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Sally Pearson, pictured here after winning the 100m Hurdles at the London Olympics, is tipped to take gold at the Commonwealth Games. EPA/Christian Charisius

Fewer medals, but Glasgow 2014 will still be a gold rush for Australia

Some 71 nations will participate in the 2014 Commonwealth Games, starting on Wednesday in Glasgow – so what are Australia’s chances?

Many countries – including Australia – are sending their largest ever Commonwealth Games teams. There will be an estimated 6,500 athletes and officials in Glasgow, 600 of them Australian (including 417 athletes).

Earlier this year, the Australian Sports Commission published its Commonwealth Games medal targets, and its estimate of a maximum of 152 medals for Australia is substantially below the tally for the 2010 Delhi Commonwealth Games of 178 medals (74 gold, 55 silver and 49 bronze).

This reflects a decrease in the amount of medal events as well as the better performance of other Commonwealth countries.

Australia has been the leading medal-winning nation at the past six Commonwealth Games, so let’s have a look at who we might see on the podium this time round.

Swimming: July 24 – 29

The swimming events start on Thursday, and Australia has a 59-strong team at these Games.

Alicia Coutts won five gold medals in Delhi in 2010 is competing in four events in Glasgow: Women’s 50m Butterfly, Women’s 100m Butterfly, Women’s 200m Individual Medley and Women’s 4 x 100m Medley Relay.

Alicia Coutts at the Australian Swimming Championships this year. AAP/Tertius Pickard

With her in the team are three world champions: Cate Campbell, Christian Sprenger and James Magnussen. Overall, the Sports Commission estimates that the swim team will win a total of 55 medals, one-third of Australia’s medals at the Games.

Athletics: July 27 – August 2

Sally Pearson is one of the 55 female athletes in the 102-strong Australian athletics’ team.

She and three teammates – Kim Mickle, Dani Samuels and Alana Boyd – are expected to contribute to an estimated high of 20 medals in athletics at the Games.

Hockey: July 24 – August 3

The Australian hockey teams go into the Games with a strong record of gold medal success. The men’s team has won gold at all four Commonwealth Games in which hockey has been included. The women’s team has won the gold medal on three occasions. (The exception was in Manchester in 2002 when India defeated England.)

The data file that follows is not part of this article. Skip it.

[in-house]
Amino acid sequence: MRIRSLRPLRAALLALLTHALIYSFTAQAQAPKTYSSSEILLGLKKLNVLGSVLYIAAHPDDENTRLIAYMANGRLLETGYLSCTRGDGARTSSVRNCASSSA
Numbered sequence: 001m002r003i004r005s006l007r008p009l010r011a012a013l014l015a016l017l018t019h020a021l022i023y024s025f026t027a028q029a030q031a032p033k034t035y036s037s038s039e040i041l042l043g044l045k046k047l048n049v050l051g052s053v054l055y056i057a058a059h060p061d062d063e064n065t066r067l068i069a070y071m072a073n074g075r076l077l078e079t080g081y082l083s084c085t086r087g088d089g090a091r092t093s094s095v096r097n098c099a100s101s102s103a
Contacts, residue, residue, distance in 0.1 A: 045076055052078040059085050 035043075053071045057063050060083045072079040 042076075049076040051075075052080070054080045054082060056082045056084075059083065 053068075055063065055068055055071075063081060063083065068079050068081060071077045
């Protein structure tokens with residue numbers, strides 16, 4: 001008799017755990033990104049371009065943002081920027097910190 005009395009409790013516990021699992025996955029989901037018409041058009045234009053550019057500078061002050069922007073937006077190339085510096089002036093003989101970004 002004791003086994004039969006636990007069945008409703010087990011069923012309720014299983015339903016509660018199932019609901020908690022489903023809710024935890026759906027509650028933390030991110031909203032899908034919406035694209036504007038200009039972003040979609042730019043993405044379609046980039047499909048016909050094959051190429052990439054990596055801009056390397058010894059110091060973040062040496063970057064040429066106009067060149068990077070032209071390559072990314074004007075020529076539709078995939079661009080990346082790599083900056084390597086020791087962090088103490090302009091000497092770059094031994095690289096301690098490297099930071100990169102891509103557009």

The Kookaburras are riding high from a World Cup victory. EPA/Bas Czerwinski

The men’s team, the Kookaburras, is the top ranked hockey team in the world, and the women’s team, the Hockeyroos, won the silver medal at the World Cup in the Netherlands last month.

Netball: July 24 – August 3

Australia and New Zealand have two Commonwealth netball gold medals each, and have played each other in all four finals.

The 2010 Final was an epic match and New Zealand won that game, 66-64, in double-overtime.

The margin between both teams in all four finals has been very small, and the Glasgow Games promise another close encounter in what is effectively the World Championships of the sport.

Will we see another hard-fought final? AAP/Tracey Nearmy

Rugby Sevens: July 26 – 27

Rugby Sevens first appeared in the Commonwealth Games in 1998. There has been substantial investment in this form of rugby union now it’s included in the Olympics from 2016.

Some 16 nations will compete for the Commonwealth title this year, but New Zealand has won the gold medal each time. Australia has been drawn in a qualifying group that includes England, Sri Lanka and Uganda.

Cycling: July 24 – August 3

There are 41 athletes competing for Australia in cycling. Anna Meares will be contesting the Sprint and 500-metre Time Trial.

The men’s road team named before the Games includes cyclists competing in the Tour de France: Simon Clarke, Mark Renshaw and Luke Durbridge. The road time trials take place four days after the end of the Tour.

Australia has medal hopes in all of the remaining sports in the Games, but for many athletes it will be an opportunity to experience a multi-sport event for the first time.

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